Andile Tshuma, Chronicle Reporter
THE Reserve Bank of Zimbabwe has unearthed malpractices in the banking sector that could be fuelling cash shortages in the country.
RBZ Governor Dr John Mangudya yesterday said a recent bank inspection has shown that some banks were not conforming to financial regulations.
Officials at a number of banks in the country said some of their colleagues were in hot soup for allegedly taking bribes to exceed withdrawal limits, with some individuals getting as much as $5 000 per day. A majority of banks peg daily withdrawals at $20 daily.
Bank tellers told The Chronicle some of their colleagues were under fire following the RBZ probes across different banks in the city.
A teller who preferred to be anonymous for professional and legal reasons said his bank had failed during the inspection, with the branch manager expected to go for a hearing soon.
“RBZ personnel were here for two days and some of us were interviewed in isolation on issues to do with some people making clients pay money to access cash. Afterwards, we just heard that our branch did not make the cut,” said the teller.
In a telephone interview Dr Mangudya said the central bank was moving towards taking decisive action on banks that were failing to comply with its new rules.
“We put up policies to promote better circulation of money in the country so that the economy can be functional. However, some financial institutions are causing a setback as they are not complying with these set regulations,” he said.
Dr Mangudya could not say how many banks were complying as he said he was yet to see the final report of the investigative exercise.
“I have not seen the report myself as our team is still out there carrying out these exercises therefore at this point I cannot point fingers and say who is doing what and who is not. This is a normal exercise that we carry out on a regular basis to ensure that there is transparency and normalcy in the banking sector. We do inspection exercises on commercial banks and building societies across the country so that all irregularities are fished out and sorted out,” said Dr Mangudya.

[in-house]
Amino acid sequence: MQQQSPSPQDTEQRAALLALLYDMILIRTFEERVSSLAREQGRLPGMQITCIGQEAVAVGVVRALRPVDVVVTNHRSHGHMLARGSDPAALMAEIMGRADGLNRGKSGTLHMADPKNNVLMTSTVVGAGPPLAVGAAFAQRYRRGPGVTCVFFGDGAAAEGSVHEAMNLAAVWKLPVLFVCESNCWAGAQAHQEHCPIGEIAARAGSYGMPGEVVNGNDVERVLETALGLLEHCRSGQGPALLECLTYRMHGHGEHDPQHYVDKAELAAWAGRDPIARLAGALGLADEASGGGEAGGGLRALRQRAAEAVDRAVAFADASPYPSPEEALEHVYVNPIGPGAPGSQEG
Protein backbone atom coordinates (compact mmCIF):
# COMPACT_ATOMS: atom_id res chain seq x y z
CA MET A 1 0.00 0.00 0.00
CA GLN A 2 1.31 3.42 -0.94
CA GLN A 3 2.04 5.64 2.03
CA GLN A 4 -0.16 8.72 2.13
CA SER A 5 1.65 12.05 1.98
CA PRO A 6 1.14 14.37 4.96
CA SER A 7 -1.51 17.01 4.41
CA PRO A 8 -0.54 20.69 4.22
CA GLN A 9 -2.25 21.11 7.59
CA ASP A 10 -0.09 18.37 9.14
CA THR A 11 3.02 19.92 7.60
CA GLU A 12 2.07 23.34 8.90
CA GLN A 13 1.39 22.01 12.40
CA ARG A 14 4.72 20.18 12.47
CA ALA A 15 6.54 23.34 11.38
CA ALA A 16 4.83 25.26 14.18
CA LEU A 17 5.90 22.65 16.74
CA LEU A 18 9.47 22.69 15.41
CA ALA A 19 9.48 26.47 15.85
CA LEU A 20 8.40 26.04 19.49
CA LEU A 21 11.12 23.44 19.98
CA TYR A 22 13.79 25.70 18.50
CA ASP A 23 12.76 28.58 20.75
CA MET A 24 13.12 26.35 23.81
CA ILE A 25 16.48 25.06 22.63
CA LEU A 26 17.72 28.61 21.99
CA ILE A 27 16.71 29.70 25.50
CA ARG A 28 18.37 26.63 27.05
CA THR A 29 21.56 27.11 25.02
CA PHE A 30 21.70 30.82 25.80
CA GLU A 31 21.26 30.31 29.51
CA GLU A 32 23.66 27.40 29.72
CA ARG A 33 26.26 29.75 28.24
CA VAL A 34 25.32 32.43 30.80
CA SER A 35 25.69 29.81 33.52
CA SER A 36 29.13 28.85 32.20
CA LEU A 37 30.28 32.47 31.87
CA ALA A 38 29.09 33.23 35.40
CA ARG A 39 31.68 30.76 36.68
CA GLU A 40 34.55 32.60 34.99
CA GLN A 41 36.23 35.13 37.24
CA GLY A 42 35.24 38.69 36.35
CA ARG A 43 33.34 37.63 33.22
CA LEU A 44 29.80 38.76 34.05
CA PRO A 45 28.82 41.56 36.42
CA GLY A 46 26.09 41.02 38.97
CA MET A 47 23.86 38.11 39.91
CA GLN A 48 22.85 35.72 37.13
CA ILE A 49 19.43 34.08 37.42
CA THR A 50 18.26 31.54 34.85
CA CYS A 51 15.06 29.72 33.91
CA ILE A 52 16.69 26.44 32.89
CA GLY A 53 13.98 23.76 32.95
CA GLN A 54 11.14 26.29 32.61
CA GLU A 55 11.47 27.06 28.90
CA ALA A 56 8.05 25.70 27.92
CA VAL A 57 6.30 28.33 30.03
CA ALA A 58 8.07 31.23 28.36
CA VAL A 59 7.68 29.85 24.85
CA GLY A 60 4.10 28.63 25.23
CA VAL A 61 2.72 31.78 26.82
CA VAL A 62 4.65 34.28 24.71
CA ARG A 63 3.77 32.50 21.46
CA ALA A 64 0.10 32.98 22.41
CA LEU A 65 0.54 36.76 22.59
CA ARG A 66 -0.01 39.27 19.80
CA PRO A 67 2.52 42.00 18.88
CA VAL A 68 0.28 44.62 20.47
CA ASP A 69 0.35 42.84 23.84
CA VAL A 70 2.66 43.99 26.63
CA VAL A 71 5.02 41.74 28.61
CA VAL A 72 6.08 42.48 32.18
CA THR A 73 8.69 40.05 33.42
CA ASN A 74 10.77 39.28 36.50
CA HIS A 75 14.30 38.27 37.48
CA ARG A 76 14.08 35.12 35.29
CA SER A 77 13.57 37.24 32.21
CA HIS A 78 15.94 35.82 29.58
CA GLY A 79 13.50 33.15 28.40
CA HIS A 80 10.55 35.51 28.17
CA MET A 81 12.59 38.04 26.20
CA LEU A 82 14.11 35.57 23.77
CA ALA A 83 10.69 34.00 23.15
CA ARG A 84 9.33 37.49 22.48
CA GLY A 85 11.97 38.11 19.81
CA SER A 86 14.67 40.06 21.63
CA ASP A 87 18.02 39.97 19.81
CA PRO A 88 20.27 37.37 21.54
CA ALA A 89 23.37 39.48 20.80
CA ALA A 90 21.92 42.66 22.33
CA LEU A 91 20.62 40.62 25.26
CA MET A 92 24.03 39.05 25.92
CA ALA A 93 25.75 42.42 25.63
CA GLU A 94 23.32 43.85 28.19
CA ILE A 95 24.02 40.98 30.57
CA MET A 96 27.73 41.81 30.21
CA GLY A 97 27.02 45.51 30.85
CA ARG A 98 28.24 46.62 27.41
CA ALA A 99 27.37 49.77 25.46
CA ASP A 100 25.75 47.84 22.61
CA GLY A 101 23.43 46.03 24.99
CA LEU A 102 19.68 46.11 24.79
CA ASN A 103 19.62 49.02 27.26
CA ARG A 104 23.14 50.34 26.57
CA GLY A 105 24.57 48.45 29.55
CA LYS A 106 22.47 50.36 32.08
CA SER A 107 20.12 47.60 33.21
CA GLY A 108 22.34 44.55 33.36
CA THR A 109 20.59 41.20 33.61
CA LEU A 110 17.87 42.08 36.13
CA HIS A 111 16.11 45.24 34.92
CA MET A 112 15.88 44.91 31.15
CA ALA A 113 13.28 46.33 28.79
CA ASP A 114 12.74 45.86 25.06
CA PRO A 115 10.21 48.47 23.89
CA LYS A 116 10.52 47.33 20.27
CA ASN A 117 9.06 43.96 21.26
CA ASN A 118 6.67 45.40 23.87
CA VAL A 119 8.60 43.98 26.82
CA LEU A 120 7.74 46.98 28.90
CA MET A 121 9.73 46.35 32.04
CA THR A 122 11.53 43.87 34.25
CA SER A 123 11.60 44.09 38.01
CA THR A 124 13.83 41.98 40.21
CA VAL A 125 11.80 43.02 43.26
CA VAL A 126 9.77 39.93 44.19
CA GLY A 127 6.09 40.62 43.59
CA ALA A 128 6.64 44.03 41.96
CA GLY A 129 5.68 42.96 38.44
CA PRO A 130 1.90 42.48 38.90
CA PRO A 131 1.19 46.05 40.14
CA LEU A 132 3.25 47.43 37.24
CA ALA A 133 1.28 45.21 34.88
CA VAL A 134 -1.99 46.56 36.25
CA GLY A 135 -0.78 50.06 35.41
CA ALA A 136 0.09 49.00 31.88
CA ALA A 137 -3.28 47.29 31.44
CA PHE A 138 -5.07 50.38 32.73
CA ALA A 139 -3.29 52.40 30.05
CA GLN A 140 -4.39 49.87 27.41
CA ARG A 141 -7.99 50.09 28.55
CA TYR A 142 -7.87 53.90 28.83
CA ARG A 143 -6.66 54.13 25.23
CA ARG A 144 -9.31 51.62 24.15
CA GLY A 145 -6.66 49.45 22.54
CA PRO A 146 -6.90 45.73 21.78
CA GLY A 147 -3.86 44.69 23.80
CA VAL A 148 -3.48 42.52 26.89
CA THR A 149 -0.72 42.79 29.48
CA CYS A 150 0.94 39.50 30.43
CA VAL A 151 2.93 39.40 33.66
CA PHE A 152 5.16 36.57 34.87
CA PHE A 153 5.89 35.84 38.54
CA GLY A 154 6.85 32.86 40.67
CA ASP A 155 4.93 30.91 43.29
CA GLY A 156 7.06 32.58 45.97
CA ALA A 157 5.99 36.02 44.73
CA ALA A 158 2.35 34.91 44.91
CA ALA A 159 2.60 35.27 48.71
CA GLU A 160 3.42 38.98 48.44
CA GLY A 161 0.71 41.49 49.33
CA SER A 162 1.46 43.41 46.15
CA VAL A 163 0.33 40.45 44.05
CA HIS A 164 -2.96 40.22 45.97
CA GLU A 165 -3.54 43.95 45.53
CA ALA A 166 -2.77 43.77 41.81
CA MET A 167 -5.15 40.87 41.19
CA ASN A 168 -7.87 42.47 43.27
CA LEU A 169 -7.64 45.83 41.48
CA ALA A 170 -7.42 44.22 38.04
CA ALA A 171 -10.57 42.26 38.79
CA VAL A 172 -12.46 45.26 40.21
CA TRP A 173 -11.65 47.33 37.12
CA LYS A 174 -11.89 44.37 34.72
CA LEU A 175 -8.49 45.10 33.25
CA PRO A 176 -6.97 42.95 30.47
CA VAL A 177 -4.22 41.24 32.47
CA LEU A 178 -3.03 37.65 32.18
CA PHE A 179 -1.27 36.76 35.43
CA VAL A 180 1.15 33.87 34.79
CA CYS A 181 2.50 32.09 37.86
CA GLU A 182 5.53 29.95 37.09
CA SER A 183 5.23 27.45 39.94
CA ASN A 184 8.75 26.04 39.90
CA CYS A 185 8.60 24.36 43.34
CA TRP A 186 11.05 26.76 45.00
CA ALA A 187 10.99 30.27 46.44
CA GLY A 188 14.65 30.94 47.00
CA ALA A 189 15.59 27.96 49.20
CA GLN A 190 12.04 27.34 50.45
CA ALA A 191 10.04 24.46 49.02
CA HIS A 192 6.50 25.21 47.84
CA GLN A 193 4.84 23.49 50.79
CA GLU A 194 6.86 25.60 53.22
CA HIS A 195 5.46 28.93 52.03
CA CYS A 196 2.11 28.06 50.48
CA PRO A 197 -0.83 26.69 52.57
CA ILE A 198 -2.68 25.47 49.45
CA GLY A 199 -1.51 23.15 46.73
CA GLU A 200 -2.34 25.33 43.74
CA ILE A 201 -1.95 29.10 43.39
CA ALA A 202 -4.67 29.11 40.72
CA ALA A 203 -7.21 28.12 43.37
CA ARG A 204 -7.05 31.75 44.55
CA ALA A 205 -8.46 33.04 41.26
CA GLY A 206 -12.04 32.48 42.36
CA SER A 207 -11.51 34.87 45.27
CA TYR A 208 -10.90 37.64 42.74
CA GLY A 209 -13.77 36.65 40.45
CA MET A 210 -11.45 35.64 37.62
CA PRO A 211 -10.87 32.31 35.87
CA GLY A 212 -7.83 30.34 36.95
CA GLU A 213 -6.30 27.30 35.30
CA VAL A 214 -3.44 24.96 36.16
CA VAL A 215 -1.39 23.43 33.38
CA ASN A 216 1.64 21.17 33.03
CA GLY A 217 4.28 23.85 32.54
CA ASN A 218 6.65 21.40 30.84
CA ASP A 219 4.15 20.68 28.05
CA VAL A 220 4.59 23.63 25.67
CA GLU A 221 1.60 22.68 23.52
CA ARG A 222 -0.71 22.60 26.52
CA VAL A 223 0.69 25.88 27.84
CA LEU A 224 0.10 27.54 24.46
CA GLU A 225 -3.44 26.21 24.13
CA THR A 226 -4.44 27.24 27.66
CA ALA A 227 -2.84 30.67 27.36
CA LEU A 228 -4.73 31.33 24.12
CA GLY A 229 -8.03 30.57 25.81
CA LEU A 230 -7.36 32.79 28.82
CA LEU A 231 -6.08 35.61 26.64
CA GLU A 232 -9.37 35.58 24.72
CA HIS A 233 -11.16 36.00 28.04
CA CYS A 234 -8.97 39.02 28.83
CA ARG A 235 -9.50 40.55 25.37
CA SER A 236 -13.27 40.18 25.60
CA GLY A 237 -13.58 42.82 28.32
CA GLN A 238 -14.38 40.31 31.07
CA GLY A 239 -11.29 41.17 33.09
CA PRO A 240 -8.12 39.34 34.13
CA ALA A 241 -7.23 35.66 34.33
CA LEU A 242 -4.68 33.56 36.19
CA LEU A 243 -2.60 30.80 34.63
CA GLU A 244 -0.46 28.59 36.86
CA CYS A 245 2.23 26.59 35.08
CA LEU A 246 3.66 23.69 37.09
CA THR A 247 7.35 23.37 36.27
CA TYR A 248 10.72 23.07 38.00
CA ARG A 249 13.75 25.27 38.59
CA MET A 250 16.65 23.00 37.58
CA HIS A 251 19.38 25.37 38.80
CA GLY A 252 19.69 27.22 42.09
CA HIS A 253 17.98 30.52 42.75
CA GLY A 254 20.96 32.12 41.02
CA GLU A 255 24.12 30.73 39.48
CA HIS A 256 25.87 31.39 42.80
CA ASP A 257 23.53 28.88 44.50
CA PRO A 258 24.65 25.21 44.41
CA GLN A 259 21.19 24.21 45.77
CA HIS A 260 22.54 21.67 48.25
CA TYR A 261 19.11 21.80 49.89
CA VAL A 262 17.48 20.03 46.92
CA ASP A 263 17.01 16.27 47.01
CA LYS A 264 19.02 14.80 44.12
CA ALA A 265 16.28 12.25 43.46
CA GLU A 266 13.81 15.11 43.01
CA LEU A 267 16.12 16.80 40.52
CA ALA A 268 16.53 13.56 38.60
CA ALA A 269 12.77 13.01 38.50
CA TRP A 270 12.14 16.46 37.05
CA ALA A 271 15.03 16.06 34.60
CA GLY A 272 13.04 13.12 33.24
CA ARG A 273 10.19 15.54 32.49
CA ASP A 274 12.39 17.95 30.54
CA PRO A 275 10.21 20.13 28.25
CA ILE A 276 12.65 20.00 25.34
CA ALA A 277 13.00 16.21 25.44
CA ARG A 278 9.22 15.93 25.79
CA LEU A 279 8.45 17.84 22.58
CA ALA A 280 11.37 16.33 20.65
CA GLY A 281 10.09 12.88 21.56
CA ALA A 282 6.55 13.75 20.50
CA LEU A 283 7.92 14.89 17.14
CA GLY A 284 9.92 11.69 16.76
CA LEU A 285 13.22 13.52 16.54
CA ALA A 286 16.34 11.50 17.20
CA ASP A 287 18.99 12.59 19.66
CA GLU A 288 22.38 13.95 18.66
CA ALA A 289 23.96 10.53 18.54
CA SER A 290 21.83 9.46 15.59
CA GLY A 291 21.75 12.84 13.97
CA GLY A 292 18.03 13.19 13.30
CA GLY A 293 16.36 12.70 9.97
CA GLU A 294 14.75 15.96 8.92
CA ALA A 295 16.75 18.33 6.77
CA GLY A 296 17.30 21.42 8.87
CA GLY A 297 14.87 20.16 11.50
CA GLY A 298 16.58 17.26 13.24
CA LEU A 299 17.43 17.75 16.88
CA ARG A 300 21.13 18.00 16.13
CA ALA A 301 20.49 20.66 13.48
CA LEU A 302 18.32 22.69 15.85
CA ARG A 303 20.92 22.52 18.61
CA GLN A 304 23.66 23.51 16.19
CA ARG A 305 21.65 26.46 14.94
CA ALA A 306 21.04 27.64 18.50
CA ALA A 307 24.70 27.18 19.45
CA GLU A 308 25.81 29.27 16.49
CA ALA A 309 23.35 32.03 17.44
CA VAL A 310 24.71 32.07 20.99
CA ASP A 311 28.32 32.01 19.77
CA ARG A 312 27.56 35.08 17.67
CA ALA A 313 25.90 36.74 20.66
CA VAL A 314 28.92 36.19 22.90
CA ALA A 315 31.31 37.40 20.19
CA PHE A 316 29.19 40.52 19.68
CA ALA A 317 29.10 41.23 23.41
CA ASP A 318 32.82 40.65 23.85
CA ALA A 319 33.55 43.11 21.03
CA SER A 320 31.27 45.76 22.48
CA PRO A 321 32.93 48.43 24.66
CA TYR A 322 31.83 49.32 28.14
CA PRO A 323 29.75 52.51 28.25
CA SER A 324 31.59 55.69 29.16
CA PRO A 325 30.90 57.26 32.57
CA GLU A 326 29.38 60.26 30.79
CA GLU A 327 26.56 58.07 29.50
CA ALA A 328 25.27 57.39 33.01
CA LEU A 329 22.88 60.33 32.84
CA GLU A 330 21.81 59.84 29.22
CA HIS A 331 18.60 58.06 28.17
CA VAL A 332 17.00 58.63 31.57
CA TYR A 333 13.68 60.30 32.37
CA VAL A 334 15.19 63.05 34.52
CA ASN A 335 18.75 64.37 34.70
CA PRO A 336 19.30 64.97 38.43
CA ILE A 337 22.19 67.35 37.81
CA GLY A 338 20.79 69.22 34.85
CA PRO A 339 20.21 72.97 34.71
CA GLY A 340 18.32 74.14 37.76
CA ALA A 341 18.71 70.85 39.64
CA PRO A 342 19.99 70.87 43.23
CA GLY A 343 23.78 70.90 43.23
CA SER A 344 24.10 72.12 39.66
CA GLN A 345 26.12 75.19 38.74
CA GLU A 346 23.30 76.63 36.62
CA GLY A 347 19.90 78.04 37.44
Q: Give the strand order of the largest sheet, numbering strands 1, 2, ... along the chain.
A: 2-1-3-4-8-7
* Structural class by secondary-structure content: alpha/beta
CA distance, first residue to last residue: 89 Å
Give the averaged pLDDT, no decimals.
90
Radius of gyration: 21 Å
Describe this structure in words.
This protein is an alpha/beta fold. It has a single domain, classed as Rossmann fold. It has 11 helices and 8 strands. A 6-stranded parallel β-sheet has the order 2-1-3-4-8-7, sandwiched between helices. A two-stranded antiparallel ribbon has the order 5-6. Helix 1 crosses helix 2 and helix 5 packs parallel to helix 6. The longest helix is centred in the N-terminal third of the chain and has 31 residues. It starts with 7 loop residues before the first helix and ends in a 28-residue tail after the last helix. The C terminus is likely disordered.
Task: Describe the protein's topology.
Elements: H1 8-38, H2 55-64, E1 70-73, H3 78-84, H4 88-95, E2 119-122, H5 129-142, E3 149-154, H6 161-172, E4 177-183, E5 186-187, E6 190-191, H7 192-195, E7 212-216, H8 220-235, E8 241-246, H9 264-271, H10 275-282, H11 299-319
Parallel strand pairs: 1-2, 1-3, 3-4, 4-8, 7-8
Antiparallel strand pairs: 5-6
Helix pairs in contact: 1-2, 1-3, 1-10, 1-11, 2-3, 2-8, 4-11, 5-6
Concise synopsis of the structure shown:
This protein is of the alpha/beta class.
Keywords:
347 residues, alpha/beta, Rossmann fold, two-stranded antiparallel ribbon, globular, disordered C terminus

“People should understand that there is no cash crisis in the country. The real problem that we have is poor circulation of cash. People have a tendency of wanting to hoard physical money and not bank it, which leads to the long queues in banks, because most of the money in the economy is not circulating.
Whatever money that people get their hands on, they want to keep. There is more money being withdrawn than being deposited. That is where the problem is. People should have a banking culture if our cash situation is to normalise,” he said.
“Non-compliant banks should be warned. They will be charged under the Abuse of Public Office Act and would be liable to long prison terms if convicted.”
Dr Mangudya called for honesty and integrity among people working in the banking sector as he said it was possible to cheat the system.
“It is possible to manipulate the system. However this is a human issue and we entrust the sector in the hands of capable, reliable and trustworthy people.
I urge branch managers to monitor tellers and their activities and bank management to be honest and credible themselves,” said Dr Mangudya.
He, however, highlighted that there were too many employees in the banking industry and as such, it was difficult to trace all illicit dealings.
“There are too many tellers as each bank will have a number of branches across the country, so really for our teams to really follow up on each and every teller would be tedious, we are just entrusting the job in people whom we hope were hired on integrity and met recruitment requirements,” said Dr Mangudya.
Bankers’ Association of Zimbabwe executive officer Mr Sijabuliso Biyam said the institution was behind RBZ in moving to ensure that all banks were compliant.
“We are behind the RBZ. We want a situation whereby all 16 registered banks are fully compliant with the RBZ regulations so that we may see an end to this madness and see sanity being brought back to banking halls,” said Mr Biyam.
He could, however, not disclose which banks were found wanting and what action was to be taken.
“We know that there are certain malpractices in some banks, however, we have not yet received feedback from RBZ after commencement of the inspection exercise,” said the BAZ official.
This week, some Chinese nationals and 19 illegal money changers were arrested in Harare, shortly after the gazetting of regulations criminalising cash vending with police recovering $55 000 worth of bond notes, US$1 662 and R6 000.
The suspects were also found in possession of 10 000 Tanzanian shillings and 320 Botswana pula.
Under the new regulations gazetted last week through Statutory Instrument (SI) 122A of 2017 — Exchange Control (Amendment) Regulations 2017 (No 5), police are now empowered to arrest illegal money changers and seize currency in their possession.
The Government has been able to establish that cash vending has become a catalytic agent to both arbitrary price hikes and rent-seeking behaviour.